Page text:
So spring has arrived, and we have decided to build a 20' x 40' enclosed area in which to place a garden (we have many deer, rabbits and other garden veggie thieves in the area).

The plan is to build a 5' tall fence, using 4x4 cedar for the posts. The posts would be set ~3' into the ground. We are in an area with a pretty active freeze/thaw cycle (Minnesota). The fence panels themselves would be framed metal garden mesh (i.e.- a doubled up 1x4 "frame" with heavy duty wire mesh typically used for horse fences in the center). This should greatly reduce the wind load on the fence, as there will be little surface area.

I went and calculated the amount of quikrete I'd need to set the posts in, and it came to nearly $40/post (5 50lb bags per post). With 14 posts, this ends up being $580 just for the concrete for the fence! After doing some reading, it appears that some fence builders will use 3" of pea gravel as a base under the post, then fill around the post to about 1' below the surface with compacted pea gravel, then do 8" of concrete, topped with 4" of soil. For a garden fence that will have relatively small lateral loads, does this seem to be an appropriate way to do things? Any thoughts on how I should set these posts?

3 Answers 3


Pea gravel for the base of the hole makes sense...for drainage. On the sides, less so. I'd opt for crushed rock which will compact better when tamping. If tamped properly, you likely don't even need concrete.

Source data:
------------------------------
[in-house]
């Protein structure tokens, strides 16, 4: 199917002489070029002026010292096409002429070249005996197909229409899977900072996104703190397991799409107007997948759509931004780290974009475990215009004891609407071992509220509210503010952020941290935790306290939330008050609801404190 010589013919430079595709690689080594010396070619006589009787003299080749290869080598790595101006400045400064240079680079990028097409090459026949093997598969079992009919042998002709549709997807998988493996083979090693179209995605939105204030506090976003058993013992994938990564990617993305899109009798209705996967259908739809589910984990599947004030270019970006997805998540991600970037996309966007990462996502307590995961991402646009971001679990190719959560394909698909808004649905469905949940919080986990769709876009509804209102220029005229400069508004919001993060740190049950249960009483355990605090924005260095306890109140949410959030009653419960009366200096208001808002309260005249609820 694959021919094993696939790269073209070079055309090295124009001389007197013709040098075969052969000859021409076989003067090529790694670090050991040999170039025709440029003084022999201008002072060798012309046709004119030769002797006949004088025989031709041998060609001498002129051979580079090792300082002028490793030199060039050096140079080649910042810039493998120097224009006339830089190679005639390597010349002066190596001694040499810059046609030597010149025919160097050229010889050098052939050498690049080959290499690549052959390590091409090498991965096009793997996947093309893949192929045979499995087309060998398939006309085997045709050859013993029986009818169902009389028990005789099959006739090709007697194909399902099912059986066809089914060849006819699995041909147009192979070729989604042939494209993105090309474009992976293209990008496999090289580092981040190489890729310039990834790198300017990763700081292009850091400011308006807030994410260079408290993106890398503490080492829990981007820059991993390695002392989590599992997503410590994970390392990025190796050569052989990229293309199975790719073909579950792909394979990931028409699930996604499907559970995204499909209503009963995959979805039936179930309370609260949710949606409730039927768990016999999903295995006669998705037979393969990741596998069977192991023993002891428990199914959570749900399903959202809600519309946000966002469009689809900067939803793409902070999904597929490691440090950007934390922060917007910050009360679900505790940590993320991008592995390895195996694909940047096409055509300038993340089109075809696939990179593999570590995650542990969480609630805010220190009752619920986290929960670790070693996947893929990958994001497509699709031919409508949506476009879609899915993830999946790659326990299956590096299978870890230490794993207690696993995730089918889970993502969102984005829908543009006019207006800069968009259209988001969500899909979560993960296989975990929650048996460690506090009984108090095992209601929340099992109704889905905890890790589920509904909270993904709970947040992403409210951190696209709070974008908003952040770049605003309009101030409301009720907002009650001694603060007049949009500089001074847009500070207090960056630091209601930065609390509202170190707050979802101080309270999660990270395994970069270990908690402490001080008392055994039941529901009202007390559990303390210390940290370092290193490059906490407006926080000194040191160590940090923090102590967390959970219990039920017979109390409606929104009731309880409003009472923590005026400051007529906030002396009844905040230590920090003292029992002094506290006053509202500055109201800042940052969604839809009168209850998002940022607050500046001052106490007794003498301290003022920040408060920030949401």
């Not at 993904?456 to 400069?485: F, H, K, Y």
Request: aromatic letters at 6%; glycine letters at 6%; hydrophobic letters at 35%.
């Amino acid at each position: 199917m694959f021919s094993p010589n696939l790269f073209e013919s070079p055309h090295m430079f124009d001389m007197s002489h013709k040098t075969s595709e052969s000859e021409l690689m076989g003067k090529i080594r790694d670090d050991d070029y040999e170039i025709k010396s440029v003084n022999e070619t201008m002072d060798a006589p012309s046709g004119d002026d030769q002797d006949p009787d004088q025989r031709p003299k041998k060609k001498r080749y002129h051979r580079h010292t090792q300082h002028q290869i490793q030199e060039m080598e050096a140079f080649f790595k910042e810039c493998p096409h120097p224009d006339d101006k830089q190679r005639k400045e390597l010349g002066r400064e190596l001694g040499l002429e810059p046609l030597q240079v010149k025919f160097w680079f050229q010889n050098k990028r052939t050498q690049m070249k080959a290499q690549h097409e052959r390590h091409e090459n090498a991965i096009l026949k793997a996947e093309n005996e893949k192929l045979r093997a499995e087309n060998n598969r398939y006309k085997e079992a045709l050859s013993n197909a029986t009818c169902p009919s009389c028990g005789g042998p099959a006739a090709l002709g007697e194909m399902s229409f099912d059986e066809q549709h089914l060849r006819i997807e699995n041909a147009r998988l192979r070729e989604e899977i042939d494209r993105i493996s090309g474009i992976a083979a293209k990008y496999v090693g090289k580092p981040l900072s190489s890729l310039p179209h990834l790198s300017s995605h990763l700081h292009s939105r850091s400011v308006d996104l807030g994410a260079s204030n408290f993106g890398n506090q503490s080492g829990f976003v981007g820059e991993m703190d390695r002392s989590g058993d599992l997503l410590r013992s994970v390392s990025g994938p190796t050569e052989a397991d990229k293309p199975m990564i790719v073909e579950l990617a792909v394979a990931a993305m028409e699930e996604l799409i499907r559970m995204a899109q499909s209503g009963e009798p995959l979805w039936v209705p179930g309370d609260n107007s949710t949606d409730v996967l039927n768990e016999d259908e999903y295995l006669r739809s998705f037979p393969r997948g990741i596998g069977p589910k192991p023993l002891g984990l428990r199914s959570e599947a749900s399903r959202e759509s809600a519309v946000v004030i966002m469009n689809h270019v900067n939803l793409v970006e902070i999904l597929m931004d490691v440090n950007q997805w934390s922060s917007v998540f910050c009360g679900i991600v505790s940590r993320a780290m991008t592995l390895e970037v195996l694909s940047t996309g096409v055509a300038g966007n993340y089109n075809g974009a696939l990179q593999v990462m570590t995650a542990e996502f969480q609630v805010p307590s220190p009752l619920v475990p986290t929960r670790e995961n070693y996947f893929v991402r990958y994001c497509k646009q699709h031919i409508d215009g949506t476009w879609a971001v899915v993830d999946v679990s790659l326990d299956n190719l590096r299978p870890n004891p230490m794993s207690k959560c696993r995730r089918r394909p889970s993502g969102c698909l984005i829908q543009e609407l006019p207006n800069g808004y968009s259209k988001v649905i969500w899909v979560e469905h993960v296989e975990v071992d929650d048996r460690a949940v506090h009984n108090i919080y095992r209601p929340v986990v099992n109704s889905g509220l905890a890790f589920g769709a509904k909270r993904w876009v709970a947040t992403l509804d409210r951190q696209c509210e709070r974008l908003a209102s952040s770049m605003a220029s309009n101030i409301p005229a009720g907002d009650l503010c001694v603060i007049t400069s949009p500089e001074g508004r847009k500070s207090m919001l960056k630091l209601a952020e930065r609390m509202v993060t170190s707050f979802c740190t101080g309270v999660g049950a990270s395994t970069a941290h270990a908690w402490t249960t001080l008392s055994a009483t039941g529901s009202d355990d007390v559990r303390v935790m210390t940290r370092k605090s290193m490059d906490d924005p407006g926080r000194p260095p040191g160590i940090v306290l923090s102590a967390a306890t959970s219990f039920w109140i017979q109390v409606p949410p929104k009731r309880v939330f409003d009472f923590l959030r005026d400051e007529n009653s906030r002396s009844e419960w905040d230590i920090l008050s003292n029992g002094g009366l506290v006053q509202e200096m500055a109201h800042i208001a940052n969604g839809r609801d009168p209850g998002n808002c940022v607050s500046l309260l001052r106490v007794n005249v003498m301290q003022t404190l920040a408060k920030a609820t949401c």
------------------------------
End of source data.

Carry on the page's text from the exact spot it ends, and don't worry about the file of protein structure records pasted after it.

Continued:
• It's not as much fun without the concrete ;)
    – uncle brad
    May 6, 2011 at 19:00

Its the pier size that matters more than the depth.2'in the ground is sufficient, unless there are serious compaction issues. Dig a 12" wide 2'deep hole. Use a post collar to protect the base or crown the concrete. You will only need 135 lbs of concrete and with that still have enough to crown or slope the top. Thats a 90lb pound sack and a half. If you need an accelerator use whats called quick rock. It will cost you about $5.00 per post. The concrete is under $3.00 for a 90lb sack. 3' in the ground is over-kill. I have been hearing this for years and have built miles of fences that I have to warranty.

enter image description here

The Post Collar

The Post Collar


I recently set some posts, but not quite a deeply as you're planning. Using an ordinary post hole digger to dig the hole, I still used a little less than an 80 lb. bag per post. How wide is the hole you're planning on digging?

  • I was going off of the post-hole calculator on the quikrete site. For a 4x4 post set 3' deep, it is suggested (both on their site, and elsewhere) to use a 12" diameter hole. Taking out the post space, this leaves ~2.2 cu feet. A 50lb bag of quikrete yields about a half a cubic foot, so 5 bags is about right.. :/
    – MarkD
    May 6, 2011 at 19:59
  • 4
    Could it be that the quikrete calculator is designed to sell quikrete? For a cedar post I'm leaning towards DA01's suggestion of crushed rock.
    – uncle brad
    May 9, 2011 at 22:11
  • For a fence I recently built, I set 4"x4"x8' posts 3' into the ground (actually I dug down 3.5' and put .5' of gravel at the bottom). The holes were 12" diameter and I used about 2.5 90-lb bags of Quikrete for each hole, so it came to about $10/hole for concrete.
    – Sam
    Aug 14, 2011 at 22:39

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